If my legs made me a nuisance, I vowed to become less of one.
On the other hand, Newt Gingrich may hang around, but only as a nuisance factor.
They worry that parent or student might become a nuisance to the university for the next four years.
Gaddafi was nasty, but he had long ago ceased to be a nuisance for the United States.
Franz Joseph lit the Hofburg Palace with kerosene lamps and viewed the telephone as a nuisance.
Ramon suggested that we should lasso him and kill him, and so get rid of the nuisance once and for all.
They will be a nuisance to us, and I don't wish to feed them a great while.
This made him a nuisance, and a source of endless trouble in the family.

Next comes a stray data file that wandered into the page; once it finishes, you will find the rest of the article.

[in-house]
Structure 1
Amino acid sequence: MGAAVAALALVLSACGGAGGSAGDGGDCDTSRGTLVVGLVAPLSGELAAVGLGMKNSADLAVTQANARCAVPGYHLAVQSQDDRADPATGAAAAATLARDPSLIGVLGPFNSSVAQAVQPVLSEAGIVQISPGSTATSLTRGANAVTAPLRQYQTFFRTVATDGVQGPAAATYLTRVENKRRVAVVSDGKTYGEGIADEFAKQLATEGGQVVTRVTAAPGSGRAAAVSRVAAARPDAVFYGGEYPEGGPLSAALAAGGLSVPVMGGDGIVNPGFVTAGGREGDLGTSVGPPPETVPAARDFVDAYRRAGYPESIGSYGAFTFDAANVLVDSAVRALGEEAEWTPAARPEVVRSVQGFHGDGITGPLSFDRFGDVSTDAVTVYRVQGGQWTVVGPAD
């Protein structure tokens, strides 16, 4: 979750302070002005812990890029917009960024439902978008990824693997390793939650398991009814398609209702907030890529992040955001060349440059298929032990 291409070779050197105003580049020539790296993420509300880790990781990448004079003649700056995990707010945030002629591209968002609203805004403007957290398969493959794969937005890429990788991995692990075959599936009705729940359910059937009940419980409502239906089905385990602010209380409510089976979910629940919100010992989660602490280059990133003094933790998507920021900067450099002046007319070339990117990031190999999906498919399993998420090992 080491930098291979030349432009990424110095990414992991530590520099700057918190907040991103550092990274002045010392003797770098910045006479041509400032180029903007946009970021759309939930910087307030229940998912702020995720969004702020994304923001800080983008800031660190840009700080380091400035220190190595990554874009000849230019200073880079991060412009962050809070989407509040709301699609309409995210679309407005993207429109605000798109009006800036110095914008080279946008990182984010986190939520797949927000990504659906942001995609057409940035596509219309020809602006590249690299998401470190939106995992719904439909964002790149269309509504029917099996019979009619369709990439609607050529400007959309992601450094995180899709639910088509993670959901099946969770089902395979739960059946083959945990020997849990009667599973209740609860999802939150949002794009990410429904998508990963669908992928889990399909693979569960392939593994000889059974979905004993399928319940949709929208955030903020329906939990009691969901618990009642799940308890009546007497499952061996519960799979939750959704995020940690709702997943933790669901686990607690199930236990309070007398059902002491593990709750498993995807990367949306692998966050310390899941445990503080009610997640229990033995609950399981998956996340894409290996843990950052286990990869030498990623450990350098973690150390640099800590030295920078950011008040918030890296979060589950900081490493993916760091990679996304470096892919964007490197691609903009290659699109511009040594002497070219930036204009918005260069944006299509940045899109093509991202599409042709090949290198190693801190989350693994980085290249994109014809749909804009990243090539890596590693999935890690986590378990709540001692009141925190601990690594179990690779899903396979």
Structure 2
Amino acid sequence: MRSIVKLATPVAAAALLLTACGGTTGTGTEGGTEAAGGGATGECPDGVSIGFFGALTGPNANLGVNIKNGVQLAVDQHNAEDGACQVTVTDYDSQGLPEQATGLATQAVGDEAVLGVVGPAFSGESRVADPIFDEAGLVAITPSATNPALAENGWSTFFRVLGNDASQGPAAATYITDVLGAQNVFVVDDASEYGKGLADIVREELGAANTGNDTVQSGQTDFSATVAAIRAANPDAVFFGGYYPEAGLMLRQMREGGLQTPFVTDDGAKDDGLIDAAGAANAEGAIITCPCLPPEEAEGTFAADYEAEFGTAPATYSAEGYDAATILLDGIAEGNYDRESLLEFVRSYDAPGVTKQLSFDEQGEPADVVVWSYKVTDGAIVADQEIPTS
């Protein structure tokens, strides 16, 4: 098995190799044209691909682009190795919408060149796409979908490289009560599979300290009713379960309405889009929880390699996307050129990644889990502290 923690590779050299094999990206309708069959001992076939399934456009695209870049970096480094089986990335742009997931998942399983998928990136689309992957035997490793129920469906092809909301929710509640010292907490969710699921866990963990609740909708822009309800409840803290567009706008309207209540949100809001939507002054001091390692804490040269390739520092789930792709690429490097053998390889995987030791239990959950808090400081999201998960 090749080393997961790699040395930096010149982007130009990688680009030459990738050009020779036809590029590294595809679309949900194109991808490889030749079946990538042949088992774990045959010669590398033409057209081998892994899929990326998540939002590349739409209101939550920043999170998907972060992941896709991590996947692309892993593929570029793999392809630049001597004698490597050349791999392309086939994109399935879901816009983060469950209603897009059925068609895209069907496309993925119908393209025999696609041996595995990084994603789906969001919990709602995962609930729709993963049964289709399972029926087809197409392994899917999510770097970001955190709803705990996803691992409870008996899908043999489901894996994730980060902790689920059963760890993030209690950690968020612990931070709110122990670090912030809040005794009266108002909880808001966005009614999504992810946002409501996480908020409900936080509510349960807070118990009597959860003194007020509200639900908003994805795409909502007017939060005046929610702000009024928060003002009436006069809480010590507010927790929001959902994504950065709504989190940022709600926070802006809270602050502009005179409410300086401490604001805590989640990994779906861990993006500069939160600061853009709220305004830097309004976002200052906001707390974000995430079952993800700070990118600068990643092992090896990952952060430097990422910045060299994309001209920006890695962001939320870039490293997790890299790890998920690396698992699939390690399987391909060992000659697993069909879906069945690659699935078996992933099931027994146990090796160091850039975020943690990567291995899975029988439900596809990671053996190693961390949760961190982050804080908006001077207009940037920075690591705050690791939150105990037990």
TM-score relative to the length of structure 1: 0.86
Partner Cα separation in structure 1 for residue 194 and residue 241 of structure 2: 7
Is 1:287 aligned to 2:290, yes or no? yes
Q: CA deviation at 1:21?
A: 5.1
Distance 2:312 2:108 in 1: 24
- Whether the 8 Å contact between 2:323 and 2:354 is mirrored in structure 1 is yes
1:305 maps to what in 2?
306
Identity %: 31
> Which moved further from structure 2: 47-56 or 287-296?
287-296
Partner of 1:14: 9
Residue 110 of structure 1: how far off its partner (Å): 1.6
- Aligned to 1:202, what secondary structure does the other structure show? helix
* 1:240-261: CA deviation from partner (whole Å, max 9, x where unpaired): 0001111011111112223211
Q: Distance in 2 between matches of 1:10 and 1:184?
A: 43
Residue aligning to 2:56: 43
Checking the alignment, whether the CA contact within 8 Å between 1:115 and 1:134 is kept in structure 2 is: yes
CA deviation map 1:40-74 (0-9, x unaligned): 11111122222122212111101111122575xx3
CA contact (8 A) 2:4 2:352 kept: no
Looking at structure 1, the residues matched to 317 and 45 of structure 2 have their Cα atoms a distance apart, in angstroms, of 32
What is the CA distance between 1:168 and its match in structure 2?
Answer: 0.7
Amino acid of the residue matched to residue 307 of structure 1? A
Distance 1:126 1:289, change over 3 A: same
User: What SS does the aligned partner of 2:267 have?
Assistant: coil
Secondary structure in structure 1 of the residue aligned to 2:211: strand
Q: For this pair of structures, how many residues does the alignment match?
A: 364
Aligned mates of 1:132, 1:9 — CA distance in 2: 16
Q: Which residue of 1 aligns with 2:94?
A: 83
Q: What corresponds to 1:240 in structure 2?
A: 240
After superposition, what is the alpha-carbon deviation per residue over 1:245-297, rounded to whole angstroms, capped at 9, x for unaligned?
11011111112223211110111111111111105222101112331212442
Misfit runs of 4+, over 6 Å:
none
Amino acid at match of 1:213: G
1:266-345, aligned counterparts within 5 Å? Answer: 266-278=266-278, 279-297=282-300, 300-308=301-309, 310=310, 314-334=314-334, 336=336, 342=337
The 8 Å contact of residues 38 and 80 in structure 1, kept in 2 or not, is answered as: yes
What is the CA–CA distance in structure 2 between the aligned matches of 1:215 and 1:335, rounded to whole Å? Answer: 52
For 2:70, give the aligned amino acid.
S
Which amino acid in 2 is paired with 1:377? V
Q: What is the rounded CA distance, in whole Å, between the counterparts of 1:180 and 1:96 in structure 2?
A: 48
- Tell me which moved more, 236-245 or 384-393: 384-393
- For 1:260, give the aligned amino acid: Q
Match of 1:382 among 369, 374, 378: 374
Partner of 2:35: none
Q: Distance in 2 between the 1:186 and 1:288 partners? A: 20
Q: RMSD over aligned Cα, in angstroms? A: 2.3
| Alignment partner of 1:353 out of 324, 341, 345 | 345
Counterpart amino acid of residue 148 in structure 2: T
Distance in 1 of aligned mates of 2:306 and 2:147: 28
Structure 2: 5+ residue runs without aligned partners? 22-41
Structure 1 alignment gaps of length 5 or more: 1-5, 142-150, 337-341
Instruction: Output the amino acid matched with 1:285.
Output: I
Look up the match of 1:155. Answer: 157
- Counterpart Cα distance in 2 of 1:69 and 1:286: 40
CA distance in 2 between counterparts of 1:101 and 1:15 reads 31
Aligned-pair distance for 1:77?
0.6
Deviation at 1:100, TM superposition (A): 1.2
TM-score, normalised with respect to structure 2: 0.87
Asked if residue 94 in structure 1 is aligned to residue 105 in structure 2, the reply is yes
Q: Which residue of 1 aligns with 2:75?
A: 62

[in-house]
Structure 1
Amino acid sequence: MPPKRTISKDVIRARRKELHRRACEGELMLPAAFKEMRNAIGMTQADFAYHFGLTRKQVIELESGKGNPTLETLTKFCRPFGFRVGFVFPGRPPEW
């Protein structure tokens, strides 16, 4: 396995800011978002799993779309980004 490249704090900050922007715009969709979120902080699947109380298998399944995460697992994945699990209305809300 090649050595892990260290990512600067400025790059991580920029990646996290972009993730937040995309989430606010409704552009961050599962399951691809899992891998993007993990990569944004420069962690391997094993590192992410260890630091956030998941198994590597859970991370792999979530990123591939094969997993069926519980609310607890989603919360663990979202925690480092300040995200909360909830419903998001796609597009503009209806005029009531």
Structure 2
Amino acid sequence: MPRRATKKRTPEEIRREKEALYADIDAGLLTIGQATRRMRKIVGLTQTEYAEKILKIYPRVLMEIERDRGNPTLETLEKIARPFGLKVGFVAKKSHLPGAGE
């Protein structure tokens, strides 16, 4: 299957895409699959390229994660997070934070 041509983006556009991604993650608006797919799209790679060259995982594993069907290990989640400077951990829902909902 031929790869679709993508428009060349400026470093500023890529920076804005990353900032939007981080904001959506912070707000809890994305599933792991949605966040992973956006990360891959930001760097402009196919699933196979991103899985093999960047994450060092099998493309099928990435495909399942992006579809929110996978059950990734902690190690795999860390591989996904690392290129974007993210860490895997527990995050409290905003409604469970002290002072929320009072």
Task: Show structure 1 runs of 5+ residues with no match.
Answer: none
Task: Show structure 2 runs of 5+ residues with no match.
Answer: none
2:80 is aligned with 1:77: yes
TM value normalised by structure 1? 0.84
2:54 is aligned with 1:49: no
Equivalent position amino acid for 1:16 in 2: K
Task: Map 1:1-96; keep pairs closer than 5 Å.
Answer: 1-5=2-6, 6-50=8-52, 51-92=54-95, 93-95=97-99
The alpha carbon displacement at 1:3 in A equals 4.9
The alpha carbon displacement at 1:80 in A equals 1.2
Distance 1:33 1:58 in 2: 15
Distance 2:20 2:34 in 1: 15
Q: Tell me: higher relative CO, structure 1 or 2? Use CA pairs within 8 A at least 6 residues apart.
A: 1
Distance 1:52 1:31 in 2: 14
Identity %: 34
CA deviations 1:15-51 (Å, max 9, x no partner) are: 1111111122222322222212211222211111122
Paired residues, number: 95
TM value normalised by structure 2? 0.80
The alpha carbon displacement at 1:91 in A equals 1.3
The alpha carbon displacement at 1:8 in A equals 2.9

I don't want to be bothered with my fellow-creatures; they are a nuisance.
They would seldom mature any of the nuts, and although they were regular bearers the thick hull was a nuisance.
c.1400, "injury, hurt, harm," from Anglo-French nusaunce, Old French nuisance "harm, wrong, damage," from past participle stem of nuire "to harm," from Latin nocere "to hurt" (see noxious). Sense has softened over time, to "anything obnoxious to a community" (bad smells, pests, eyesores), 1660s, then "source of annoyance, something personally disagreeable" (1831). Applied to persons from 1690s.